Monday, July 12, 2021

Biden includes right-to-repair, other rural-interest topics in pro-competition order; net neutrality awaits filled-out FCC

President Biden signed an executive order Friday meant to increase business competition and blunt the power of big businesses. It addresses right-to-repair laws, long a goal of farmers, and a host of other issues with rural resonance. In fact, the Department of Agriculture is responsible for a fifth of the order's 72 action points, Chuck Abbott reports for Food & Environment Reporting Network.

"The order looks to build off of an Obama-era executive order which encouraged agencies to consider competition impacts in their decisions," Ximena Bustillo reports for Politico's Weekly Agriculture. "But that order was not closely followed and was later overturned by Trump appointees."

Writing in The Constituent, economist Matt Young says "Biden gave what I believe to be the most important speech by any president at least in my lifetime, and perhaps for decades longer. . . . Economic theory doesn’t work without competitive markets. . . . Free markets and competitive markets are not the same thing, and making this mistake has caused a lot of economic harm in the United States."

Meanwhile, the Agriculture Department "unveiled new funding and regulations to reduce concentration in the meat sector," Bustillo reports. "USDA will offer $500 million in grants, loans, and other assistance to help new meat and poultry processors enter the market, Ag Secretary Tom Vilsack announced in Iowa on Friday. The department will also move forward with a series of regulations to protect farmers and ranchers who work with large agribusinesses. USDA is also moving to enhance its enforcement of the century-old Packers and Stockyards Act, which monitors anti-competitive practices in the meat and poultry sector; increase whistleblower protections; and tighten the rules for poultry grower tournament systems — a payment system where farmers are ranked against each other."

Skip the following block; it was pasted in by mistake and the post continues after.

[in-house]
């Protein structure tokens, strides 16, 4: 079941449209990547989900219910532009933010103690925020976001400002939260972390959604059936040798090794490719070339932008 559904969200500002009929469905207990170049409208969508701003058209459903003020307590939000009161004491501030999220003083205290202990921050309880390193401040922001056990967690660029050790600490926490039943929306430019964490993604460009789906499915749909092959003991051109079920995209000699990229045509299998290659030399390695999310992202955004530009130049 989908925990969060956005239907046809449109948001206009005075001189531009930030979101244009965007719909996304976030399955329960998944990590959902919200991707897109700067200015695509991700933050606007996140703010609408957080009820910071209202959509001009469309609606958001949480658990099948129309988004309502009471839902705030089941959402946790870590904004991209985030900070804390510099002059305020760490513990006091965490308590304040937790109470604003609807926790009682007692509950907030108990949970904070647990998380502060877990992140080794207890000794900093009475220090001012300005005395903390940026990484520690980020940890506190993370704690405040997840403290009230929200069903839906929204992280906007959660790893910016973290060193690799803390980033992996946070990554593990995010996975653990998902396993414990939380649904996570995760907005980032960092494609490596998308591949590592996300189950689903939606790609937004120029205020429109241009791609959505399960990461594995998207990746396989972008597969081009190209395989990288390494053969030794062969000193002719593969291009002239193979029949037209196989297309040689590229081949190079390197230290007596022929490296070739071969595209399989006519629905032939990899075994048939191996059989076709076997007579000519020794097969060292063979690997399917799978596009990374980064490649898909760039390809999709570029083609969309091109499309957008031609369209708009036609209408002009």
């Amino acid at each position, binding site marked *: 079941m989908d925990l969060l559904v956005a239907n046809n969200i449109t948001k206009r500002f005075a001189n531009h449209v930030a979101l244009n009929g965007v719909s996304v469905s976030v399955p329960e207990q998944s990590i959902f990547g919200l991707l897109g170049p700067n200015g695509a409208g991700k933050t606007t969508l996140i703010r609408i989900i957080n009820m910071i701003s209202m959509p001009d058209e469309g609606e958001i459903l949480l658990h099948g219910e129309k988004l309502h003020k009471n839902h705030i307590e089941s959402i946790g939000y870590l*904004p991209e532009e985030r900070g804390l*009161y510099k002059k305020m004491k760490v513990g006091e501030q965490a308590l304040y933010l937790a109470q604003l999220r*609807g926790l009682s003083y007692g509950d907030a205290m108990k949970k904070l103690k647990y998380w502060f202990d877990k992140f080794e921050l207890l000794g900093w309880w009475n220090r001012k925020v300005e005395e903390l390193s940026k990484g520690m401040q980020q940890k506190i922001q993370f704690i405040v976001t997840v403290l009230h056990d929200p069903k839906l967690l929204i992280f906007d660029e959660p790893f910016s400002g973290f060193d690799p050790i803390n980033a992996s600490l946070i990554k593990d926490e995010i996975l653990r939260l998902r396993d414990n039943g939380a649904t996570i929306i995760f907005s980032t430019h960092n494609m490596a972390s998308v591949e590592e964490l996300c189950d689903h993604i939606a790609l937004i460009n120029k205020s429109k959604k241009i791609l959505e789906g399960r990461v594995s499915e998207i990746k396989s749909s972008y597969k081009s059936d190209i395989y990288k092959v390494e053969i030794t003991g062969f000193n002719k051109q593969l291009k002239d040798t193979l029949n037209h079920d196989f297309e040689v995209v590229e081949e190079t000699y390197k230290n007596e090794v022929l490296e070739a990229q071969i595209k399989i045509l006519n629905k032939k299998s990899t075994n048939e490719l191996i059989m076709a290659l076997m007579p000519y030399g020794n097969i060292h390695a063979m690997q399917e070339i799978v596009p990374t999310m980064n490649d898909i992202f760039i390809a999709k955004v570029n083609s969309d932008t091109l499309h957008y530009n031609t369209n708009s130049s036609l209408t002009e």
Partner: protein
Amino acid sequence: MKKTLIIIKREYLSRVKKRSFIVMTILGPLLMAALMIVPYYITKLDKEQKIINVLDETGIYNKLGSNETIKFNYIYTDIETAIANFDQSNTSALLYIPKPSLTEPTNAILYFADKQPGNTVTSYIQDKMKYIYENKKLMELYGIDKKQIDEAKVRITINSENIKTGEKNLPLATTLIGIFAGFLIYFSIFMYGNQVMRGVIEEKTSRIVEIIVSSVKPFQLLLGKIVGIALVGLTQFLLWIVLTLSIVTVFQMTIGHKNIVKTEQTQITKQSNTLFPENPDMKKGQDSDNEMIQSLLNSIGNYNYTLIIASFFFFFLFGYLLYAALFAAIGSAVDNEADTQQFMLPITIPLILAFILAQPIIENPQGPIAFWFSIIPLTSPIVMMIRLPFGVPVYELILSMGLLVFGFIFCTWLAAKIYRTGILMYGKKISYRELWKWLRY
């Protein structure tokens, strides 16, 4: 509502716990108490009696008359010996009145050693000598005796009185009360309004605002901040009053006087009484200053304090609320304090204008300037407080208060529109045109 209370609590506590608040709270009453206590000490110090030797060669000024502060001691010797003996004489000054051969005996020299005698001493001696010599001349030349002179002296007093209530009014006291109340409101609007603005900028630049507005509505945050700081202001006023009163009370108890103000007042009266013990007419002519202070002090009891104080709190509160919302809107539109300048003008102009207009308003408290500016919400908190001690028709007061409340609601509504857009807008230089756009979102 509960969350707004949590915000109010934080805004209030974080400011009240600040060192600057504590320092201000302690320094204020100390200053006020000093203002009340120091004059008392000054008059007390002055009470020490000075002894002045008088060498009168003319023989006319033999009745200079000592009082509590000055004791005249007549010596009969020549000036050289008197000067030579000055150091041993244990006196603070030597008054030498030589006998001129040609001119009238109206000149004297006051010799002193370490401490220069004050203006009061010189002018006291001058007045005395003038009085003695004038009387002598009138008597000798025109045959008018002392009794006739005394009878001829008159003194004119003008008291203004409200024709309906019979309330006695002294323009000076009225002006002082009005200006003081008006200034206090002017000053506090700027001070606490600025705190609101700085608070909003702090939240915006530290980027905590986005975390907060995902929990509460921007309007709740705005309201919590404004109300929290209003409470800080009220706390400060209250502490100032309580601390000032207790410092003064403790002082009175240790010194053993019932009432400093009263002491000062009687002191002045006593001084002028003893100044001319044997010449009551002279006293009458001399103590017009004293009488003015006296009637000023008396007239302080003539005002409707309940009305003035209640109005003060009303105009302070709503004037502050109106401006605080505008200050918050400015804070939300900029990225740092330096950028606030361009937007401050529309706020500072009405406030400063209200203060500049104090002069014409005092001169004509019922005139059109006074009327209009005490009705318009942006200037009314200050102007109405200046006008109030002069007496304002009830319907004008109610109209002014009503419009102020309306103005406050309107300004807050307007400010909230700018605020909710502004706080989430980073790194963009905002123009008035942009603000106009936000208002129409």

The order also calls for bringing back "net neutrality rules" repealed during the Trump administration. However, that is opposed by cable companies and is "unlikely to make headway until the Federal Communications Commission, which would carry out the proposed regulations," is filled out with a fifth member, is fully staffed, reports Drew Fitzgerald of The Wall Street Journal.

Here are some other key areas addressed in the order, from a WSJ list:
  • Occupational licensing requirements that often curb workers' geographic mobility. In rural areas, this is of especial interest to military spouses since many can't get jobs in their chosen field when they move to a base in another state.
  • The order seeks to lower prescription drug prices and increase the use of generic drugs.
  • The order encourages the Federal Maritime Commission to increase enforcement against ocean carriers levying excessive charges. That would help farmers that depend on export markets.

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